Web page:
Instead, people got their tights in a twist over the young royal’s hosiery. Following in the footsteps of the Queen and the Duchess of Cambridge, Meghan had put on a pair of pantyhose. It remains royal etiquette for women of the U.K. court to cover their legs at official events. Nevertheless, many of Meghan’s fans on social media were not happy with her choice of hose.
Subsequently, many Twitter commenters suggested that by adopting the pantyhose, Meghan had finally decided to conform to the royal family’s expectations of how she should look and act. One tweeted, “I thought it was bad enough Meghan Markle had to get baptized, but now it appears she has been told to start wearing the nude tights. The humanity.”
Other Twitter users expressed their concern that the duchess’ choice of pantyhose looked too pale for her actual flesh tone. A bemused fan took to the social media site and wrote, “Meghan looks absolutely stunning. But if she has to wear skin-colored tights, then why can’t her stylist actually find the right skin-color tights for her? Those tights are pale for her.”
The debate heated up further when it was pointed out that hose of any kind are somewhat unsuited to a warm spring day. Many also reminded the internet that Meghan had chosen to go bare-legged in the November chill outside Kensington Palace for her engagement photo call seven months before. And this is all the more pertinent in light of royal commentator Victoria Arbiter’s remarks. At around that time, she told website Insider that the wearing of pantyhose was “really the only hard, steadfast rule in terms of what the Queen requires.”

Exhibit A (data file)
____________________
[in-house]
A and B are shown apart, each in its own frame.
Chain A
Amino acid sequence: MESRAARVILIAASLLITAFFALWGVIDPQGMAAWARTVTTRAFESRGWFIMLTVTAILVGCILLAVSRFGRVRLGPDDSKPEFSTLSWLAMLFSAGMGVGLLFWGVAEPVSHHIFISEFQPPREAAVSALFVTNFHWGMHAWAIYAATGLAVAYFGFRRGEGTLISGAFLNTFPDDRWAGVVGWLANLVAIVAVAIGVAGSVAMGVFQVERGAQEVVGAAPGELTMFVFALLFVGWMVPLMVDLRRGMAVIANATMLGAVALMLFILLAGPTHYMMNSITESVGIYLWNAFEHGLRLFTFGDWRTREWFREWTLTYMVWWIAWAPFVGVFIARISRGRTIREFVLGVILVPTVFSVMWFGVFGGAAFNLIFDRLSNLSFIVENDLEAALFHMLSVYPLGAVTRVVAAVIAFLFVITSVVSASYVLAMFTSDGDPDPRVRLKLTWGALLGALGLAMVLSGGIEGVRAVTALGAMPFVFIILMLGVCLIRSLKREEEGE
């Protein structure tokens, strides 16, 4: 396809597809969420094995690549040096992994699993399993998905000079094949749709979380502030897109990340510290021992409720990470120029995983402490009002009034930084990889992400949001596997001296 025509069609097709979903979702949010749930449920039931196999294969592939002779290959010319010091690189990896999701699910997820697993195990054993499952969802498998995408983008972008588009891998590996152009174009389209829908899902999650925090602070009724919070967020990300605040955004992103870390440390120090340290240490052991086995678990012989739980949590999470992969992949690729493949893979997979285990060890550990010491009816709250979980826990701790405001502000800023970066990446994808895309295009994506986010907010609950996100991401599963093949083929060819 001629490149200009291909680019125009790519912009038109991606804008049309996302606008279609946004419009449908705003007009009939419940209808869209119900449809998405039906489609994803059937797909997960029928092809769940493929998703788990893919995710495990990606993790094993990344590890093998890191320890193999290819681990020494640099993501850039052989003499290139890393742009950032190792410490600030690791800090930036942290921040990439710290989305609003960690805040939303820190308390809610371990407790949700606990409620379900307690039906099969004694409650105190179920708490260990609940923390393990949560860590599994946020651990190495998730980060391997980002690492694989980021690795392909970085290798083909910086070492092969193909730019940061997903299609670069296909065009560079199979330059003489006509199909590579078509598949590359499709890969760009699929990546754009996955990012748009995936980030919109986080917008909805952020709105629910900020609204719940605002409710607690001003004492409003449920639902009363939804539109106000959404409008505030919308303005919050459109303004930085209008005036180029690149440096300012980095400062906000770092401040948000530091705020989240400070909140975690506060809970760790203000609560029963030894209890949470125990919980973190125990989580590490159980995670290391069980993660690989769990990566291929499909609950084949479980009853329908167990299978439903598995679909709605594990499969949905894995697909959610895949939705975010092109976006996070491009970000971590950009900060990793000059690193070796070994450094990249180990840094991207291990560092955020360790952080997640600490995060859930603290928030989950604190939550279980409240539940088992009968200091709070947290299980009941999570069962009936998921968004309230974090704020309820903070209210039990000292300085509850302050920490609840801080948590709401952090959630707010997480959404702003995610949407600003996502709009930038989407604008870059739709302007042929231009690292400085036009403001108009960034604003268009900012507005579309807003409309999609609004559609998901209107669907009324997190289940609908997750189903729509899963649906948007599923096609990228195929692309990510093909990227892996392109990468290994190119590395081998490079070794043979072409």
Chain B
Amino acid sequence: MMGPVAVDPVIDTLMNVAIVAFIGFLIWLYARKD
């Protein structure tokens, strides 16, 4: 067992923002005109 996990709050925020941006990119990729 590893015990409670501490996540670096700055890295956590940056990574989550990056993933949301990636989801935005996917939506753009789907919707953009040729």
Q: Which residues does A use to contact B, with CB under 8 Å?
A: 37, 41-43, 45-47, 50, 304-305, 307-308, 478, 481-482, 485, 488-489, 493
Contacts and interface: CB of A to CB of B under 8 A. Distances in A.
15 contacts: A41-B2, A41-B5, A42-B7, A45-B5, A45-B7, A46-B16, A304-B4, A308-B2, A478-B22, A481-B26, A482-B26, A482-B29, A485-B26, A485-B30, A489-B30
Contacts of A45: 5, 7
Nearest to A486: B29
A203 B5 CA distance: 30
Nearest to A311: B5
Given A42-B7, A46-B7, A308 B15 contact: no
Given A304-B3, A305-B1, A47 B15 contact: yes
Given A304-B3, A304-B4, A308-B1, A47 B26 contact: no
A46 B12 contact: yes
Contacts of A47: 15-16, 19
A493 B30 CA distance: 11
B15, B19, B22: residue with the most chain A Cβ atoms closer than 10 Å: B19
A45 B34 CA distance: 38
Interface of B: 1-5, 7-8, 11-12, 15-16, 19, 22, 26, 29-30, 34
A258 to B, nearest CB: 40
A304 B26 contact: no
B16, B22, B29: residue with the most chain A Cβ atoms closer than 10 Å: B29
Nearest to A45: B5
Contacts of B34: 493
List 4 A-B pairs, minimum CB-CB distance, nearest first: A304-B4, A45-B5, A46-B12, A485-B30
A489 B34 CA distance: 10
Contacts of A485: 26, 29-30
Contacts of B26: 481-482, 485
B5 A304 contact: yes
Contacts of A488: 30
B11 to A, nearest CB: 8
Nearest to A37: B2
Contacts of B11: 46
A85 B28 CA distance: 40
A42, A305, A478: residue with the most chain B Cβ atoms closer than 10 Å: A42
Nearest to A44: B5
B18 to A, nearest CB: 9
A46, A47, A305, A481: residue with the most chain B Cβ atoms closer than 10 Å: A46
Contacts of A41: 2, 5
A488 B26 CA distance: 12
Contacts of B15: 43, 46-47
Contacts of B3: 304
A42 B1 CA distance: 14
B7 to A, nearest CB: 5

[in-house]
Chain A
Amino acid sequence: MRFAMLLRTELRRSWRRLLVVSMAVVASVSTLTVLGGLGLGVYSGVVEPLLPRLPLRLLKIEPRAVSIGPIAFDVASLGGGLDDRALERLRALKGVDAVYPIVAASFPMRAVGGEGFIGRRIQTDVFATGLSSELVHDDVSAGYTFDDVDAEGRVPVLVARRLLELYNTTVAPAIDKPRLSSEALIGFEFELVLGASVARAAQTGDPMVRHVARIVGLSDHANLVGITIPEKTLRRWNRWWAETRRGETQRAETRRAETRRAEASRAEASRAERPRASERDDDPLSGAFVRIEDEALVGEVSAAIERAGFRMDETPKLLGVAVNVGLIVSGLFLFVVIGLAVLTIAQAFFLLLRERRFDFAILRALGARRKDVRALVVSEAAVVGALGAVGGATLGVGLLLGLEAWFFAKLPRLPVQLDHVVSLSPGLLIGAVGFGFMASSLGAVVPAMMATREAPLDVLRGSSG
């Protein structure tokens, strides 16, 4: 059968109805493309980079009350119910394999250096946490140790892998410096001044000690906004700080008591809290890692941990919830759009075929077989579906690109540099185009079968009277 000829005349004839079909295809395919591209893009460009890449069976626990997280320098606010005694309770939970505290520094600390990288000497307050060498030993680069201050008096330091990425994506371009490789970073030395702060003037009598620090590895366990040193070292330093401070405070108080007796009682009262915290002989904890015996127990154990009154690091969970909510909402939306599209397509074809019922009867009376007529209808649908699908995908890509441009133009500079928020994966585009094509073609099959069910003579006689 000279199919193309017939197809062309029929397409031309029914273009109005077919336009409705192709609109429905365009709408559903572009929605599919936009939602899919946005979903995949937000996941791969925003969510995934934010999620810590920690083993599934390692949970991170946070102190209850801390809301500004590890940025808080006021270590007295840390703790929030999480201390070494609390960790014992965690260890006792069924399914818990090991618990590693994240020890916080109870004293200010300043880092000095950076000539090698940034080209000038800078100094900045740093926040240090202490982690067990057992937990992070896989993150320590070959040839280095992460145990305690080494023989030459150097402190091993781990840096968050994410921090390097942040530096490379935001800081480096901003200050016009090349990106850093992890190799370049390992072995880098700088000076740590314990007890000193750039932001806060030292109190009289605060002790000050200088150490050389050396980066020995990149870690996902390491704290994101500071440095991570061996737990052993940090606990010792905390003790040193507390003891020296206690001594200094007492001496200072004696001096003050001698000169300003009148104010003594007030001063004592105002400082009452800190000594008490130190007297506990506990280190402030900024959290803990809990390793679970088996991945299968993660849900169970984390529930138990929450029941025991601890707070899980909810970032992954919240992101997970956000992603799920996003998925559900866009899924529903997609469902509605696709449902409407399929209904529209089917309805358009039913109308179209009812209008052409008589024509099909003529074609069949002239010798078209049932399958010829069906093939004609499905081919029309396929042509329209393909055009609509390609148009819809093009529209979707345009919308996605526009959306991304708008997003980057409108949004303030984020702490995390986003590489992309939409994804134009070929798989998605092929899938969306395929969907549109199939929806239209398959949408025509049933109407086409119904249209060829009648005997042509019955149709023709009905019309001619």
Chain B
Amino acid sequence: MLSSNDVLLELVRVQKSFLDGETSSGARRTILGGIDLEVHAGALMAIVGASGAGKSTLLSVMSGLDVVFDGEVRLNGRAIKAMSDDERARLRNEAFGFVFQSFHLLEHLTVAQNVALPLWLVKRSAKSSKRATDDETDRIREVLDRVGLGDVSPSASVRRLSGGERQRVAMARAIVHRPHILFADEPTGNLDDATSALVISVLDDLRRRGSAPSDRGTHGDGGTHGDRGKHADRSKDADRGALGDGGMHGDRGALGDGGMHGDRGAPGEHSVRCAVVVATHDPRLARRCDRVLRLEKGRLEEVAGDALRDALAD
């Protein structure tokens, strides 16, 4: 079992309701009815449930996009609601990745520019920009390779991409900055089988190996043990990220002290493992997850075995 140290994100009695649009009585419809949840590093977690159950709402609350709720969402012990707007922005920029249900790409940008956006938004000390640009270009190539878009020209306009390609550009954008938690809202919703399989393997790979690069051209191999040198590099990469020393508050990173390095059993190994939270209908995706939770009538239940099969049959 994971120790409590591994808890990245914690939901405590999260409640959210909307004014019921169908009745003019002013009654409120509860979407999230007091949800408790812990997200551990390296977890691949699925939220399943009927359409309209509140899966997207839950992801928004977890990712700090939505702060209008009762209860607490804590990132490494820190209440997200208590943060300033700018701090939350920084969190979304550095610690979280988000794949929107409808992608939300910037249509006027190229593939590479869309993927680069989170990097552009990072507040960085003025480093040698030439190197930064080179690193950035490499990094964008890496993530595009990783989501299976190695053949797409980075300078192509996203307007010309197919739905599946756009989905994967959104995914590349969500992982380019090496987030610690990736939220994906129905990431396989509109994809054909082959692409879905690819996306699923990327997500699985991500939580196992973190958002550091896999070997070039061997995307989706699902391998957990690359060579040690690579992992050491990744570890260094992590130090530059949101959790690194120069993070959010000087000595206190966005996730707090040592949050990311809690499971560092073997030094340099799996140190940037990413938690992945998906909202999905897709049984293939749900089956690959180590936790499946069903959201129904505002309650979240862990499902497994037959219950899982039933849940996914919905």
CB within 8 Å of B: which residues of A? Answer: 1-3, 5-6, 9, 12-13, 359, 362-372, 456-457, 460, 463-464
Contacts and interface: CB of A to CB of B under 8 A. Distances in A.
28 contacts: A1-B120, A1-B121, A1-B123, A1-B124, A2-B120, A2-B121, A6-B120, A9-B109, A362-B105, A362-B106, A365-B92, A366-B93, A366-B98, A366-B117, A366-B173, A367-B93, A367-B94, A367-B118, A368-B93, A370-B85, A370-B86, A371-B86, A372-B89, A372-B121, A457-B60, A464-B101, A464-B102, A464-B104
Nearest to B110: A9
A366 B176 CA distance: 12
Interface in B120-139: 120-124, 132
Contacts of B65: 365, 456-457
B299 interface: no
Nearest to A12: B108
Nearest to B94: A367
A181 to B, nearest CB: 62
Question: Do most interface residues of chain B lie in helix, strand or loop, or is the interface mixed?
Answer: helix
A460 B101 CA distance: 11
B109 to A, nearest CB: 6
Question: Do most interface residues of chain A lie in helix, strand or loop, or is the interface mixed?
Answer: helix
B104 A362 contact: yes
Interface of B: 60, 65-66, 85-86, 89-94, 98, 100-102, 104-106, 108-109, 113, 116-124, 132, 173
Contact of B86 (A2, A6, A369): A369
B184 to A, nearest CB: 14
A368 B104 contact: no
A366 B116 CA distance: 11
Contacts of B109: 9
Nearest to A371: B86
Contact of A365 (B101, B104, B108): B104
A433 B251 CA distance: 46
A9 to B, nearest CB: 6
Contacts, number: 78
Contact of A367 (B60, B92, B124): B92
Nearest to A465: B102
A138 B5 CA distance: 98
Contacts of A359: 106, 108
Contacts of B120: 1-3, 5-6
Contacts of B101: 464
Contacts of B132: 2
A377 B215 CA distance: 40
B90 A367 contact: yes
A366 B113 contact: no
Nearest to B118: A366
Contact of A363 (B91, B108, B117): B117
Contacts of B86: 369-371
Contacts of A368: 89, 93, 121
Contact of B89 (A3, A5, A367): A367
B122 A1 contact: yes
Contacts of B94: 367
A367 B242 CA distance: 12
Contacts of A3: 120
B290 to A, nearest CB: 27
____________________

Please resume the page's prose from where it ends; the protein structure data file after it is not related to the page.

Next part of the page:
Perhaps, then, the duchess had donned pantyhose for Prince Charles’ celebration out of respect for her husband’s grandmother – the British monarch. Or maybe Meghan had just developed a new-found appreciation for hose independently. Regardless of the reason, though, it soon appeared that the regal leg wear was here to stay.
In the wake of Charles’ birthday party, Meghan has seemingly opted to wear pantyhose, albeit in a slightly darker color, for all her public engagements. Each time the duchess has subsequently stepped out officially – including U.K. appearances at Ascot for a horse-racing meet, the Mersey Gateway Bridge for its opening, and at Buckingham Palace for the Queen’s Young Leaders Awards – she has rolled up with her legs covered.
Nevertheless, while it appears Meghan may have backed down in the bare-legs battle, that does not mean she has surrendered in her war on the royal fashion rulebook. Indeed, when the duchess attended her first Trooping the Colour event in London in early June 2018, she once again caused a stir with traditionalists thanks to her outfit choice.
However, this time it would not be Meghan’s uncovered legs that kicked off the controversy, but her immodestly exposed neckline. At the Trooping the Colour pageant, which marked the Queen’s 92nd birthday, Meghan said yes to an off-the-shoulder number. Yet the decision to reveal this part of the body is apparently – it turned out – a big no-no for royal women.
In fact, it is the convention for female royals to shy away from revealing styles – especially at formal occasions such as Trooping the Colour. For instance, Meghan’s sister-in-law, the Duchess of Cambridge, has been attending the summer event annually since 2011. Kate, though, has never worn a sleeve that ended above her elbow.
So it appears that Meghan’s initial relationship with British royal fashion protocol has been less than straightforward, due to her habit of bending the rules a bit. When it comes to the regal style rulebook, the new royal has thus far abided by some edicts but ripped up others. Nevertheless, it seems that the freshly dubbed Duchess of Sussex has always striven to look nothing short of sensational in the process.